Jackie Robinson’s major league debut with the Brooklyn Dodgers was April 15, 1947, but a lesser-known date was his professional debut, 70 years ago next week, with the Dodgers’ farm team, the Montreal Royals, on April 18, 1946, in Jersey City’s Roosevelt Stadium.
Monday and Tuesday, WNET/13 will air “Jackie Robinson,” a two-part film (at 9 each night) by Ken Burns, Sarah Burns (his daughter) and David McMahon (his son-in-law). Robinson — who died October 24, 1972, at the age of 53 — not only broke baseball’s color barrier but was a seminal figure in the civil rights movement. The Burns film covers this extraordinary life and legacy. Ken Burns and I spoke recently. An edited version of our conversation:
Robinson was obviously a huge part of your 1994 film series, “Baseball.” What’s new here?
The first episode rescues Jackie from the syrupy mythology that’s been weighing him down for years, but the second part is a whole new territory that we need to know about. [Robinson documentaries] mostly tend to focus on just the year 1947, [but] his achievement is even more miraculous when you understand the kind of competitive and driven human being he was, before, during and after the three-year agreement [he made with Dodgers general manager Branch Rickey] when he had to ‘‘turn the other cheek.’’
And if possible we wanted to get rid of the false mythological tropes and tell a more complete picture. For example, Pee Wee Reese putting his arm around him [in a game in Cincinnati]? Didn’t happen. This is not revisionism, with us telling you the person you thought was good is no longer good, but that this is a more complicated story with undertow — that it’s actually not just a baseball story, but also a civil rights story, and a story of a multigenerational African-American family, and also a love story.
It’s been noted — as you also do here — that Robinson was later a Republican and supporter of President Richard Nixon. Was that a surprise?
To put in historical perspective, the party was founded with the principal goal of abolishing slavery. That was the party of Abraham Lincoln, and while the New Deal of FDR did begin a migration of African-Americans to the Democratic Party, it had represented to African-Americans the party of resistance to civil rights. So Jackie campaigns for Nixon and is disappointed Nixon doesn’t campaign in Harlem, but is outraged when Nixon won’t intervene when [Martin Luther] King is arrested. He didn’t like Kennedy, who wouldn’t look him in the eye — although I’m sure he voted for him in ’60 — but back then he was also supporting a moderately liberal Republican, Nelson Rockefeller, who’s to the left of Barack Obama.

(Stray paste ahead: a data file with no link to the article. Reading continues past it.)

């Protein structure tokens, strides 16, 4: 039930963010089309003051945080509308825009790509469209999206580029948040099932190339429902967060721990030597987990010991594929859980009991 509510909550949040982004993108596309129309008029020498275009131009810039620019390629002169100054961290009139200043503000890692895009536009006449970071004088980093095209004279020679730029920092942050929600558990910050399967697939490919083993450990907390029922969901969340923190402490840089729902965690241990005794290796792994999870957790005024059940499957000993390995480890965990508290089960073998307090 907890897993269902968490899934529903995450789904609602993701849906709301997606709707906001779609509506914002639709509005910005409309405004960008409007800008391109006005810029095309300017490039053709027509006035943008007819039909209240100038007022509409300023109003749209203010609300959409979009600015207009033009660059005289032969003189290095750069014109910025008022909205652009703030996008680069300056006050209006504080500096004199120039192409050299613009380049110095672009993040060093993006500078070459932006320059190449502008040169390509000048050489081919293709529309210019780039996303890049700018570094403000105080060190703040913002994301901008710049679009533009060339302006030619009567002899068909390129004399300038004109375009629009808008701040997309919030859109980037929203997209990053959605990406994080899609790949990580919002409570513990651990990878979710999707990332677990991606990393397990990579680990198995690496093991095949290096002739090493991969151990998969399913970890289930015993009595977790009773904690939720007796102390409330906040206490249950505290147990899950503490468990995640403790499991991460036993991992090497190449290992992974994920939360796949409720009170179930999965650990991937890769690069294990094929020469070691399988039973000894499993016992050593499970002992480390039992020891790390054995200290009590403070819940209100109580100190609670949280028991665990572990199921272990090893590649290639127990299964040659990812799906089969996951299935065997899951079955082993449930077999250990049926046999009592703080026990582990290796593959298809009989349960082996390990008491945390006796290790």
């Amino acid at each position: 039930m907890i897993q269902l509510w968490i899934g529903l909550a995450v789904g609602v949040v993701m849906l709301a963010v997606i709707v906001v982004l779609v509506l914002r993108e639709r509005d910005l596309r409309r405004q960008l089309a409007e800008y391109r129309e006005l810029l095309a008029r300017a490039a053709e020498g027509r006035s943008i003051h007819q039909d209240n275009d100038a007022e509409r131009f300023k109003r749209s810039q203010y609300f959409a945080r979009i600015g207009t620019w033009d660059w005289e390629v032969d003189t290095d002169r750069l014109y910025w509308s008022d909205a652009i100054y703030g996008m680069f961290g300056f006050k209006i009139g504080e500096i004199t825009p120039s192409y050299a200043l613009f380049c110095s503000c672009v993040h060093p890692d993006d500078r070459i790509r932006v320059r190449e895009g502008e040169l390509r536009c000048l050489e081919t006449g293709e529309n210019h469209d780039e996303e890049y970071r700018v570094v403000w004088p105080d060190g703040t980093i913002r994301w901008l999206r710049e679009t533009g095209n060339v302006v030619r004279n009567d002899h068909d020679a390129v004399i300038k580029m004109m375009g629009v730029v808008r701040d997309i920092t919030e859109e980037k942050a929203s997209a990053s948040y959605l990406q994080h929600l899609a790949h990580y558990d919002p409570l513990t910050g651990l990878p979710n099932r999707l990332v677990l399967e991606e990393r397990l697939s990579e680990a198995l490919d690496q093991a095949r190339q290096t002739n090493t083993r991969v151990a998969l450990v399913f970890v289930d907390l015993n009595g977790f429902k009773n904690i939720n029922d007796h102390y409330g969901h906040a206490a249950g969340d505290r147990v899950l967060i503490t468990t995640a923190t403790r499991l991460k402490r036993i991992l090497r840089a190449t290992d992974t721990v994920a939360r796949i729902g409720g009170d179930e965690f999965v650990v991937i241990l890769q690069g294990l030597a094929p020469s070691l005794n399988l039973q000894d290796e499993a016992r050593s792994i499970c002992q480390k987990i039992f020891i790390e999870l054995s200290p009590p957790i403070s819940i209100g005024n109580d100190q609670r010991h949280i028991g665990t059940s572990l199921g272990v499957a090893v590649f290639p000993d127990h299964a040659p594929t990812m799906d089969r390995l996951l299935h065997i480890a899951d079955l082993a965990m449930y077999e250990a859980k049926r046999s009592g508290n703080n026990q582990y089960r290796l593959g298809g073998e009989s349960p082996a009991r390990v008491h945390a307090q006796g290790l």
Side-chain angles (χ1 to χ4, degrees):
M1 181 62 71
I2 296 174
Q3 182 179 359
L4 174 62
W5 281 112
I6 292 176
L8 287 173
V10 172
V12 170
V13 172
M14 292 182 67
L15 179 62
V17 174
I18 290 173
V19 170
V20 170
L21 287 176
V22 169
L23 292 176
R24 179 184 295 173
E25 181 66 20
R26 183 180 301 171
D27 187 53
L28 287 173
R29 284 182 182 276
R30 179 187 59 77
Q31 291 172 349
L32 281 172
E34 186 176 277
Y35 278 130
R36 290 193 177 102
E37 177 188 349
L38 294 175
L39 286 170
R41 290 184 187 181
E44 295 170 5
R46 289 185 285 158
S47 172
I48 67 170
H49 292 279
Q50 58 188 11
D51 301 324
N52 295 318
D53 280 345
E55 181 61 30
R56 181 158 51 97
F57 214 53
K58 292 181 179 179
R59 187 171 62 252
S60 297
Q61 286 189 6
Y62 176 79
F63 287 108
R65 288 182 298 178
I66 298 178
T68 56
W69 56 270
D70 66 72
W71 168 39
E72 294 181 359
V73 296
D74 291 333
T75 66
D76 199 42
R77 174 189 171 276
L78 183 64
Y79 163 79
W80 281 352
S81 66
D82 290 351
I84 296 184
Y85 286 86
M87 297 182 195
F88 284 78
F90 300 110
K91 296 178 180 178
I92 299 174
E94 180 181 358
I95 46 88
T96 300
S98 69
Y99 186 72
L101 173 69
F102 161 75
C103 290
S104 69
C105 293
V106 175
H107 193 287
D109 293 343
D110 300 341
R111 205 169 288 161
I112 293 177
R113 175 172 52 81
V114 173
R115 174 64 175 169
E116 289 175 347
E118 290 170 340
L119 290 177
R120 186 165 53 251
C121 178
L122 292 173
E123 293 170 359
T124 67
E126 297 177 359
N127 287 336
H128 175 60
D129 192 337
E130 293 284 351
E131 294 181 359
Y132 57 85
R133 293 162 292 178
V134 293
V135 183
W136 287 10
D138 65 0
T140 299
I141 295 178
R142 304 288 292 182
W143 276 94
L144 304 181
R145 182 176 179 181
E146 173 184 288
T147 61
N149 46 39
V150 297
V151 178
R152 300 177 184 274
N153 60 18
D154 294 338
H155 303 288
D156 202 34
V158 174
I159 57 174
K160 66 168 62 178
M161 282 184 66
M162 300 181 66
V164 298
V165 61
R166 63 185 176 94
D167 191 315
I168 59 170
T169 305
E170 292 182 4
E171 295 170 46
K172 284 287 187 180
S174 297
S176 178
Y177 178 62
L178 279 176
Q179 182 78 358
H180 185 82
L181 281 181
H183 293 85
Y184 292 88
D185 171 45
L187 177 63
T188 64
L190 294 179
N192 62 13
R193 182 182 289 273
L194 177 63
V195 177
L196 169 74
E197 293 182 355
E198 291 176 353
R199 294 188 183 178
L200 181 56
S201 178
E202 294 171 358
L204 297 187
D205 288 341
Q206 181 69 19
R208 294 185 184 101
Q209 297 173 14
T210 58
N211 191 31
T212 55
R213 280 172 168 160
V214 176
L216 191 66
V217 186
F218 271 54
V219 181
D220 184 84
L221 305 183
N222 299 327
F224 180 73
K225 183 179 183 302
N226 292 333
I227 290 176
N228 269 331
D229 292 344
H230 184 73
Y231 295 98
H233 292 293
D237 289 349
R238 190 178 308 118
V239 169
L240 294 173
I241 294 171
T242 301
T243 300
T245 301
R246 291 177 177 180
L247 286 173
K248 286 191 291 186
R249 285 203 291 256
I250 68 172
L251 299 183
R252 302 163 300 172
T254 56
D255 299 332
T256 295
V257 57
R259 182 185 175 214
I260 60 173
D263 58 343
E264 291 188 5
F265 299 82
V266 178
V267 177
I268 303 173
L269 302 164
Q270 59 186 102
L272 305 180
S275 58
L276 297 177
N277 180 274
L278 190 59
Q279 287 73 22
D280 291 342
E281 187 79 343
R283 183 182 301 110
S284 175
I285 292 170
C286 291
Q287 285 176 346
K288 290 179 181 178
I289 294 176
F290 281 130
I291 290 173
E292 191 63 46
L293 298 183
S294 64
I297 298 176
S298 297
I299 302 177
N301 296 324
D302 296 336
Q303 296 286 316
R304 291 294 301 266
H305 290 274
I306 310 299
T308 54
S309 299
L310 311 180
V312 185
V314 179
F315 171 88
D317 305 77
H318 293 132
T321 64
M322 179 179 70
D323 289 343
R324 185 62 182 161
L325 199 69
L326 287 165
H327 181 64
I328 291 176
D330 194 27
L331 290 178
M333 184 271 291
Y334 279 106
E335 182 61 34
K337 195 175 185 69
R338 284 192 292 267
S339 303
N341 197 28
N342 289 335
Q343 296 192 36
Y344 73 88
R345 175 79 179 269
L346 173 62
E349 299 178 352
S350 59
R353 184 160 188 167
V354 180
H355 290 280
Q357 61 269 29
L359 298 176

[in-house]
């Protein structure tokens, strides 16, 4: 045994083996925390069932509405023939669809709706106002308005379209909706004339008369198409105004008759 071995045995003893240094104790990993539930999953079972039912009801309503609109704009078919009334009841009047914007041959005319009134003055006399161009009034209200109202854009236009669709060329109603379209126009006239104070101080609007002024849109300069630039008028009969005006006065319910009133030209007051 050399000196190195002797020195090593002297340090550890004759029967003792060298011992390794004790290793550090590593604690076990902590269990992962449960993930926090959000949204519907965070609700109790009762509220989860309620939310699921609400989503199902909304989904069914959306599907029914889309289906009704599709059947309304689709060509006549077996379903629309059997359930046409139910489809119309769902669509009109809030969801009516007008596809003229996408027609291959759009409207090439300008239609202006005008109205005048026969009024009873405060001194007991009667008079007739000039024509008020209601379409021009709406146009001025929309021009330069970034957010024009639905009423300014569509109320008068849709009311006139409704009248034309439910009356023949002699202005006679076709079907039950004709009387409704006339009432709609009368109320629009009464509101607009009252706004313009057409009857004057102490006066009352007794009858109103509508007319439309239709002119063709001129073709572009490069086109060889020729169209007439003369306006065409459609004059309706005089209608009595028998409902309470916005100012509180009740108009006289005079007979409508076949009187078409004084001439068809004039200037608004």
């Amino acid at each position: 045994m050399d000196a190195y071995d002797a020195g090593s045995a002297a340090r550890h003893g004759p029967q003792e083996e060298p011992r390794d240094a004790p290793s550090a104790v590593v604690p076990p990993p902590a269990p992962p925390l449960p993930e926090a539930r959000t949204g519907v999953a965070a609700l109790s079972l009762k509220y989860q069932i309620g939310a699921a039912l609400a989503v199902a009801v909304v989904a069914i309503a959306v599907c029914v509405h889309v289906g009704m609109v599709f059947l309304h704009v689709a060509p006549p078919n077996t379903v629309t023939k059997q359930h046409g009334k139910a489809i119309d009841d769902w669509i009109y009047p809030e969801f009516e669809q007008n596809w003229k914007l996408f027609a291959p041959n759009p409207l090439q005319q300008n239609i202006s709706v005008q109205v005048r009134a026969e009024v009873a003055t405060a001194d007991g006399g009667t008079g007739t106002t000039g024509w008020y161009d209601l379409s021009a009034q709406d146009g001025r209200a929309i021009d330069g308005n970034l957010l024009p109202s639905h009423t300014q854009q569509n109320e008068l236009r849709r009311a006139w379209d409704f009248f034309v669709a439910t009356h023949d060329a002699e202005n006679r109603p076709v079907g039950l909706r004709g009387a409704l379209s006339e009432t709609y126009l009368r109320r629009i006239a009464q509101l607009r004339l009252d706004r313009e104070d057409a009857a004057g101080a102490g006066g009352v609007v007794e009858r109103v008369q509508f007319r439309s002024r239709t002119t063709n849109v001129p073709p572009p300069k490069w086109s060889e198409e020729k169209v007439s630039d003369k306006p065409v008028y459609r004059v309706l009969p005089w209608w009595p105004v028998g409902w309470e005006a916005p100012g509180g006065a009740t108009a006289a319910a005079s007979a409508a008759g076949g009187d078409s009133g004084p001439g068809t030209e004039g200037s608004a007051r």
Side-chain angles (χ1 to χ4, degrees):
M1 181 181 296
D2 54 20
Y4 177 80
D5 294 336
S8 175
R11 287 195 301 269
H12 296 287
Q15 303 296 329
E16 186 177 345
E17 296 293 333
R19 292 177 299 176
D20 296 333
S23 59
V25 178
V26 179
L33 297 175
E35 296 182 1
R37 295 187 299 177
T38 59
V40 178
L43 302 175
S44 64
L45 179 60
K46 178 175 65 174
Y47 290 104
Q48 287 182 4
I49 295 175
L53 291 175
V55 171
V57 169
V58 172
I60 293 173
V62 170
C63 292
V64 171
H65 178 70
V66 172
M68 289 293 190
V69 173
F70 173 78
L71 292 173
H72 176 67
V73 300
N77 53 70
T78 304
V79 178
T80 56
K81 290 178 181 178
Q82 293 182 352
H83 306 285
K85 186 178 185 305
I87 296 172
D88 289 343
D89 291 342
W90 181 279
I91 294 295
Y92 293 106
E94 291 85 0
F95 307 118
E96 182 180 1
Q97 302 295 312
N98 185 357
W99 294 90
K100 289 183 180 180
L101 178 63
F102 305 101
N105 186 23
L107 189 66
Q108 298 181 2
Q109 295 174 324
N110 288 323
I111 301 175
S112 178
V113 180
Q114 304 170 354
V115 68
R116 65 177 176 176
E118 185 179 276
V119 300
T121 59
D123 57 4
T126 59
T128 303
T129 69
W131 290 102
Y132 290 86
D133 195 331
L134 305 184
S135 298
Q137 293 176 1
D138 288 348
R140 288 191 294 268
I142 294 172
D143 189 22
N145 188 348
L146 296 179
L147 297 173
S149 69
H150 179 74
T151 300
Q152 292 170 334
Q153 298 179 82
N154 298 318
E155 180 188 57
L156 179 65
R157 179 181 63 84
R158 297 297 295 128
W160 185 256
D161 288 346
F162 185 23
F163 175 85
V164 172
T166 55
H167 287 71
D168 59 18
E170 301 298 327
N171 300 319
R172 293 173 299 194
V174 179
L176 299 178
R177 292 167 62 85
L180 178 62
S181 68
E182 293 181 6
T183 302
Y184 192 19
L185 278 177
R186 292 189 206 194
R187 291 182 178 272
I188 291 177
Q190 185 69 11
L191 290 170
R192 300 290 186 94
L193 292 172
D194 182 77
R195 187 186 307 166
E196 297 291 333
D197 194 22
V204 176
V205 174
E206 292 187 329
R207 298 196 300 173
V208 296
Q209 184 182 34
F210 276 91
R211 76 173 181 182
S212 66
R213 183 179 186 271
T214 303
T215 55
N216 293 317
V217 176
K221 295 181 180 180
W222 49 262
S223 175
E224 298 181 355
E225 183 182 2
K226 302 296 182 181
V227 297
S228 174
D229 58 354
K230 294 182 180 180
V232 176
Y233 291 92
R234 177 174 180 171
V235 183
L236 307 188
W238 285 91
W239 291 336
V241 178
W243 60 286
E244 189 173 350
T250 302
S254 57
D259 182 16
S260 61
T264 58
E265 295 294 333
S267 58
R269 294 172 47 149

Many of your films — like “The Central Park Five” [the 2012 Burns film about the five teens wrongly convicted of rape in 1989] — deal with some aspect of civil rights. Why so long in getting to this hugely important story?
In fact, Rachel [Robinson, Jackie’s widow, now 93 and living in Connecticut] had been calling us from the mid 2000s, saying we needed to do a stand-alone, but I’m so busy and finally found the time to do it. If you go back to my 1994 story on baseball, it’s nine episodes corresponding to nine innings — eighteen hours — and Jackie is in every episode except episode two. It wasn’t that we cut corners but that corners had already been cut.
But in “Baseball,” did you fear you had perpetrated some of those myths you are now trying to correct?
It was the accepted wisdom at the time. With this film we’ve dug deeper, and have a more complicated and nuanced portrait, and in this you realize how fortuitous and accidental Branch Rickey’s picking of Jackie is.
You almost have to back up and put in perspective that moment when he walked out onto that diamond on April 15, 1947. It’s a seismic change in history. King is still a junior in Morehouse College in Atlanta, Harry Truman hasn’t yet decided to integrate the military. There were no organized sit-ins yet, but young Jackie Robinson is still insisting on being served in whites-only restaurants. Rosa Parks hadn’t yet refused to give up her seat, but Jackie had already done that in 1944 [for which he was arrested and court-martialed]. He was a seminal figure — we didn’t get that wrong in the first film — but we didn’t get it completely right, either. There’s been new scholarship and new research since that’s permitted us to liberate ourselves from the quicksand of that tired old version.
How is Rachel Robinson doing?
We filmed these interviews with her when she was over 90, and she is one of the most formidable human beings I’ve ever had the privilege of meeting. She has all her marbles, and she very generously not only opened up the archive that she created to keep of her husband alive, but she opened up her heart and shared with us some unbelievably painful memories, but triumphant moments, too. She knew she wanted the real story, free of the myths and tropes, and a more nuanced and complicated one, too.
What was the biggest surprise for you that emerged during the making of this film?
Just how complicated it was to be Jackie Robinson, and negotiate an ever-changing civil rights movement. In the ’40s he was the most radical, and leading the charge, and by 1969 he was being called an Uncle Tom. He was getting up every day, walking the walk, and that’s what makes him so inspirational — to watch him negotiate his post-baseball career when he no longer had to turn the other cheek. His courage is what impresses me today.